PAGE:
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Glyn Moody's look at all levels of the enterprise open source stack. The blog will look at the organisations that are embracing open source, old and new alike (start-ups welcome), and the communities of users and developers that have formed around them (or not, as the case may be).

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Clever Old Cleversafe

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I have been a bit remiss in not mentioning Cleversafe before. It's a company with a very, er, clever idea, which has been open source from the start. It's just released a new version of its free code, and this gives me a good opportunity to to make up for past sins of omission:

Cleversafe Inc., the leading provider of Dispersed Storage technology, announced it has released the next generation of its software into open source on its www.cleversafe.org site. The company is challenging software developers to build their own Dispersed Storage Networks (dsNets)—from open source code available at the company’s community project and contribute to new projects that are being defined to enable additional methods for utilizing Dispersed Storage.

And if you want to know what Cleversafe does, and how it does it, try this:

The dsNet technology divides digital content into “slices” using Information Dispersal Algorithms (IDAs) and disperses the slices, via secure network connections, to multiple storage nodes on a dispersed storage network. Each individual slice contains too little information to be useful, but any threshold of the slices can be used to perfectly recreate the original data. A dsNet can tolerate multiple simultaneous failures of hardware, administrators or storage locations, while keeping data secure and easily accessible. The Dispersed Storage software can deliver limitless scalability, security, reliability, longevity, all in an extremely cost-effective manner compared to traditional storage architectures.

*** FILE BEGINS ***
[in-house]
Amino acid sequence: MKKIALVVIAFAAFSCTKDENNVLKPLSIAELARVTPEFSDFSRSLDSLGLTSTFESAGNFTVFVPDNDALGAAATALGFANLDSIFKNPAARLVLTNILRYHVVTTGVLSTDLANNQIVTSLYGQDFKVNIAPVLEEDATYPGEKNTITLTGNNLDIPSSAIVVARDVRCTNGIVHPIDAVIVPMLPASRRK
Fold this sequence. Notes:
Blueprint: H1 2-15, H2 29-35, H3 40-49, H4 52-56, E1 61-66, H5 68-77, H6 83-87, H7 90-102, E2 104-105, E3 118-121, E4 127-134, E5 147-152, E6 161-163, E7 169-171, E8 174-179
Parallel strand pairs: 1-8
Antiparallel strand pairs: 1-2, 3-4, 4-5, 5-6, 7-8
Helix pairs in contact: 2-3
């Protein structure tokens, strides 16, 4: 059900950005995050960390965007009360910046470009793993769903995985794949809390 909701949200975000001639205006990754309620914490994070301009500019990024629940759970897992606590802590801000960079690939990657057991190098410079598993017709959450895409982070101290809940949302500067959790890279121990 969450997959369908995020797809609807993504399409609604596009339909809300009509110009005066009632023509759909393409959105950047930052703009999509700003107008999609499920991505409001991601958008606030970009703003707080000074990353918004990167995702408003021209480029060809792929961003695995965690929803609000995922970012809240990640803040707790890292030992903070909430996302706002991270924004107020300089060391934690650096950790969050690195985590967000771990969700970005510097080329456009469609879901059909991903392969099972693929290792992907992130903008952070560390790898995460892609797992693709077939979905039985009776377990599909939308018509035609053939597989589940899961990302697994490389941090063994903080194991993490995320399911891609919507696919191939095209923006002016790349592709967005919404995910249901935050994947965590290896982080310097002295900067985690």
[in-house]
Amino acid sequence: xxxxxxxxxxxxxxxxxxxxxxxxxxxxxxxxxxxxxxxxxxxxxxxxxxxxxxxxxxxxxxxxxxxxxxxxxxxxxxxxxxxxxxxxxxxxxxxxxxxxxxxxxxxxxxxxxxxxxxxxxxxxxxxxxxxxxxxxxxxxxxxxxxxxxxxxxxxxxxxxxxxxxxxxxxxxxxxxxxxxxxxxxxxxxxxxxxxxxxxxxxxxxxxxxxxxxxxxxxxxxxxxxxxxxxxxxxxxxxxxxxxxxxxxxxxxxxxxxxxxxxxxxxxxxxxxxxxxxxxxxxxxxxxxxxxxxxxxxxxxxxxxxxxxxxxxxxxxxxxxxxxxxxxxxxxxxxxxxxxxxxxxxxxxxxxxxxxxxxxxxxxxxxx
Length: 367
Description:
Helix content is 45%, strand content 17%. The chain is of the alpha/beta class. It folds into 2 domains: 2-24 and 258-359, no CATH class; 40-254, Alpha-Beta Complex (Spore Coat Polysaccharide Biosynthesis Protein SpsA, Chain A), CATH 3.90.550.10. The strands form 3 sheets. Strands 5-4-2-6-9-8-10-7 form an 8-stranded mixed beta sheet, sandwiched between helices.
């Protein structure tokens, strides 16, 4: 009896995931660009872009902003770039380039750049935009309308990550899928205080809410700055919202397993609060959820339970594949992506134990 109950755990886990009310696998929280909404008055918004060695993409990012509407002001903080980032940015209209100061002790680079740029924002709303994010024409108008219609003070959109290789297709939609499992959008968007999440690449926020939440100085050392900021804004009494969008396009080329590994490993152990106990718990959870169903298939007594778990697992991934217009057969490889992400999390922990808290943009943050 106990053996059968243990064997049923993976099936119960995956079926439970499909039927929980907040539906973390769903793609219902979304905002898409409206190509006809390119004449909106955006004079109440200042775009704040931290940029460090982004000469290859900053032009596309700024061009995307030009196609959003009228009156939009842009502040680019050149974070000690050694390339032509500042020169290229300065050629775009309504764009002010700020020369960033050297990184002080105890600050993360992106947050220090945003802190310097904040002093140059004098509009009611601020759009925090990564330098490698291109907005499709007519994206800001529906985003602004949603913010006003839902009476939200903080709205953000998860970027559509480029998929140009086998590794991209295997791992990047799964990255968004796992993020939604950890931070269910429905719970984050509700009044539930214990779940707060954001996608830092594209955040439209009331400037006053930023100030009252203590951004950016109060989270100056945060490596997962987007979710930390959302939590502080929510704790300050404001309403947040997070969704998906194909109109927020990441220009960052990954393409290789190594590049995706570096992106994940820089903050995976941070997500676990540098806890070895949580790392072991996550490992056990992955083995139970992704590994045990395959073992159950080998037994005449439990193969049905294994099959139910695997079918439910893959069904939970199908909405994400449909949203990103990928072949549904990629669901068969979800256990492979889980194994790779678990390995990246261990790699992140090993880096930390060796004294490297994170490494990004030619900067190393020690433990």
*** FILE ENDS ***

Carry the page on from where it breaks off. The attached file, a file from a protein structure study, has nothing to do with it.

This is another great example of open source producing innovative solutions – contrary to the old canard that free software only copies. We also see the classic business open source strategy of using two licences (commercial and GNU GPL), and two sites – one for commercial solutions, and one for the open-source community.

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